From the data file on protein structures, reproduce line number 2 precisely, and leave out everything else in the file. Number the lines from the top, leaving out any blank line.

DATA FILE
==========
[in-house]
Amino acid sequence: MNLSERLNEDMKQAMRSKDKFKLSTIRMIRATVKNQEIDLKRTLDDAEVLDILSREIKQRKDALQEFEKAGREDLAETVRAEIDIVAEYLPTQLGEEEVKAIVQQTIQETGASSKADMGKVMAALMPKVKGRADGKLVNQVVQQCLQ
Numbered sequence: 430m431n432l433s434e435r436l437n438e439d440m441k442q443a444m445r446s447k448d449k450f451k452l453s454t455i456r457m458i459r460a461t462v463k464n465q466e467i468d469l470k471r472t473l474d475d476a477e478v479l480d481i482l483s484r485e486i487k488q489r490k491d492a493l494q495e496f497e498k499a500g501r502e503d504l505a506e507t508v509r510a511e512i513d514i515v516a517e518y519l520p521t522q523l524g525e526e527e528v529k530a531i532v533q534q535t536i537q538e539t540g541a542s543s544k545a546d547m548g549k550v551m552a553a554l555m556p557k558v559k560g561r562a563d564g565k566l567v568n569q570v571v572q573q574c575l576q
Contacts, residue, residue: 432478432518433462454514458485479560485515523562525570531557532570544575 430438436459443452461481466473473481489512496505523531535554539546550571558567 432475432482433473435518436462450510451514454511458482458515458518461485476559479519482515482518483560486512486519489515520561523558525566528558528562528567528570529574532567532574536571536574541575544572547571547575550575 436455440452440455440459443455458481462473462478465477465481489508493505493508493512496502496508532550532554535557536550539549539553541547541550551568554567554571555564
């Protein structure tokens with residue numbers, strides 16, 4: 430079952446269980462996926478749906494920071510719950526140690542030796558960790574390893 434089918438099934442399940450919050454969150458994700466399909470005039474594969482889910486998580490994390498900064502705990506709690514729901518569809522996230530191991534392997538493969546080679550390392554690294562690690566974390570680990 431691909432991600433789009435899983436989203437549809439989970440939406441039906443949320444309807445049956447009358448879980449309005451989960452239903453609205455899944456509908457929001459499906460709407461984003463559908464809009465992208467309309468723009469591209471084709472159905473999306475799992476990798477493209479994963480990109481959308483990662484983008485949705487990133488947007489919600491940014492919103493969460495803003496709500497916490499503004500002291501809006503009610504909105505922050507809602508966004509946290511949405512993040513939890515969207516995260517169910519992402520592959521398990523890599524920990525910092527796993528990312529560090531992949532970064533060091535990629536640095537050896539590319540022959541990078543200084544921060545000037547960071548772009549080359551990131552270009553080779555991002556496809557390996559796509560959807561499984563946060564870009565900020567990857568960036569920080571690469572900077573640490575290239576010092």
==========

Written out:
Amino acid sequence: MNLSERLNEDMKQAMRSKDKFKLSTIRMIRATVKNQEIDLKRTLDDAEVLDILSREIKQRKDALQEFEKAGREDLAETVRAEIDIVAEYLPTQLGEEEVKAIVQQTIQETGASSKADMGKVMAALMPKVKGRADGKLVNQVVQQCLQ